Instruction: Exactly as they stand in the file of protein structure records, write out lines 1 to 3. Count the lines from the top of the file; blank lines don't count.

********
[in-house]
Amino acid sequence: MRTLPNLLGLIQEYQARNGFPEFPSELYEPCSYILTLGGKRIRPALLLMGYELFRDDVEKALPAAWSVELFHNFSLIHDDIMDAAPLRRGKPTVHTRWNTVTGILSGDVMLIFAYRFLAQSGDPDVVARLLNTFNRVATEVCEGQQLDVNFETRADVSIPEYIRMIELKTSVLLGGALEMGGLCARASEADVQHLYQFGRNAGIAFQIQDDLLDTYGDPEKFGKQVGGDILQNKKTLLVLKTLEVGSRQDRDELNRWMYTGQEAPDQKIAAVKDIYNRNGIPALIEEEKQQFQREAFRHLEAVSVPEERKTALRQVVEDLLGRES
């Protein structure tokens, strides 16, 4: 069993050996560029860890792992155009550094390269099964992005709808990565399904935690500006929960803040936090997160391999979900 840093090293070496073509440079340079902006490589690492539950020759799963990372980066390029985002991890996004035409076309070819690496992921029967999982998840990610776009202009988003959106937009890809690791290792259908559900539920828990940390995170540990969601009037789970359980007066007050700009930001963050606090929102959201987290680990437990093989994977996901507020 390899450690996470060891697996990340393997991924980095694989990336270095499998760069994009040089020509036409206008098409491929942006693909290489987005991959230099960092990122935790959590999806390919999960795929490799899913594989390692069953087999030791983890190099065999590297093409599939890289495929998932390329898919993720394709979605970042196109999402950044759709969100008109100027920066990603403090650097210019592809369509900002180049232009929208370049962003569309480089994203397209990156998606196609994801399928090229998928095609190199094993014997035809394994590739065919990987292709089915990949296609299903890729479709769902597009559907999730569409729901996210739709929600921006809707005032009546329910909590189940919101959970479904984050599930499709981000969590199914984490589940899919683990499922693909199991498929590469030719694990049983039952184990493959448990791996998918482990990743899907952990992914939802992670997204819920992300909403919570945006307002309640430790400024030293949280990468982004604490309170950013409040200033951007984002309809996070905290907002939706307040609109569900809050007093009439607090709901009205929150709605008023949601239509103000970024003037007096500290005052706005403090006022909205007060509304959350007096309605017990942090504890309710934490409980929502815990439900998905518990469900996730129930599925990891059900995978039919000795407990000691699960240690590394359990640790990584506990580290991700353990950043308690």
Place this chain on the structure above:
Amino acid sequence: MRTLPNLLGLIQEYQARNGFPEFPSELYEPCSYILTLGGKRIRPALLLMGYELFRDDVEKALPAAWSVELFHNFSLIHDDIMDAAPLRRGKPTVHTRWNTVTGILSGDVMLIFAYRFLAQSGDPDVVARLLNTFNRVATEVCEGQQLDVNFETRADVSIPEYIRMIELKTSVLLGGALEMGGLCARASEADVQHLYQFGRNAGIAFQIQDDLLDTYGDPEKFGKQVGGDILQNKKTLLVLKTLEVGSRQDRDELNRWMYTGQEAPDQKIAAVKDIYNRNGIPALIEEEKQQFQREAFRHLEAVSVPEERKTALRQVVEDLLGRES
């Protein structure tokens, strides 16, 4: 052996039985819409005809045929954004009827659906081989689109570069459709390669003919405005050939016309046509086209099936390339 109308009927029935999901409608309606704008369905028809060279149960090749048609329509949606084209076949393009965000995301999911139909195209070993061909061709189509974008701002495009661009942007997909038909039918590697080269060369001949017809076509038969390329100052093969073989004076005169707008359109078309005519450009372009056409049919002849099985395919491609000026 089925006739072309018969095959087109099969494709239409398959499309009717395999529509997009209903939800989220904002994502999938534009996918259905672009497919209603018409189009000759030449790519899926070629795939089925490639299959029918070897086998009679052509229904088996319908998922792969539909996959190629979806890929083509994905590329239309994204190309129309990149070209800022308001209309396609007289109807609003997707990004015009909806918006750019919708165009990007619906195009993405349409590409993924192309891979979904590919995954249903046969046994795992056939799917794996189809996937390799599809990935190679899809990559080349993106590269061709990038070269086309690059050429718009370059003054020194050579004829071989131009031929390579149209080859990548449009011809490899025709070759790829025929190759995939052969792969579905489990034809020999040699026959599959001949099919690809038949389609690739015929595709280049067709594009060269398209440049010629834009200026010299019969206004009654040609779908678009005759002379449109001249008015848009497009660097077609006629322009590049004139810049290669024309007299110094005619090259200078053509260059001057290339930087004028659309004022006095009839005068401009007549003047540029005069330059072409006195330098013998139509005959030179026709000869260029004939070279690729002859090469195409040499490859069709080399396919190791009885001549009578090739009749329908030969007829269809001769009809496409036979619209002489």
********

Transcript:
[in-house]
Amino acid sequence: MRTLPNLLGLIQEYQARNGFPEFPSELYEPCSYILTLGGKRIRPALLLMGYELFRDDVEKALPAAWSVELFHNFSLIHDDIMDAAPLRRGKPTVHTRWNTVTGILSGDVMLIFAYRFLAQSGDPDVVARLLNTFNRVATEVCEGQQLDVNFETRADVSIPEYIRMIELKTSVLLGGALEMGGLCARASEADVQHLYQFGRNAGIAFQIQDDLLDTYGDPEKFGKQVGGDILQNKKTLLVLKTLEVGSRQDRDELNRWMYTGQEAPDQKIAAVKDIYNRNGIPALIEEEKQQFQREAFRHLEAVSVPEERKTALRQVVEDLLGRES
């Protein structure tokens, strides 16, 4: 069993050996560029860890792992155009550094390269099964992005709808990565399904935690500006929960803040936090997160391999979900 840093090293070496073509440079340079902006490589690492539950020759799963990372980066390029985002991890996004035409076309070819690496992921029967999982998840990610776009202009988003959106937009890809690791290792259908559900539920828990940390995170540990969601009037789970359980007066007050700009930001963050606090929102959201987290680990437990093989994977996901507020 390899450690996470060891697996990340393997991924980095694989990336270095499998760069994009040089020509036409206008098409491929942006693909290489987005991959230099960092990122935790959590999806390919999960795929490799899913594989390692069953087999030791983890190099065999590297093409599939890289495929998932390329898919993720394709979605970042196109999402950044759709969100008109100027920066990603403090650097210019592809369509900002180049232009929208370049962003569309480089994203397209990156998606196609994801399928090229998928095609190199094993014997035809394994590739065919990987292709089915990949296609299903890729479709769902597009559907999730569409729901996210739709929600921006809707005032009546329910909590189940919101959970479904984050599930499709981000969590199914984490589940899919683990499922693909199991498929590469030719694990049983039952184990493959448990791996998918482990990743899907952990992914939802992670997204819920992300909403919570945006307002309640430790400024030293949280990468982004604490309170950013409040200033951007984002309809996070905290907002939706307040609109569900809050007093009439607090709901009205929150709605008023949601239509103000970024003037007096500290005052706005403090006022909205007060509304959350007096309605017990942090504890309710934490409980929502815990439900998905518990469900996730129930599925990891059900995978039919000795407990000691699960240690590394359990640790990584506990580290991700353990950043308690």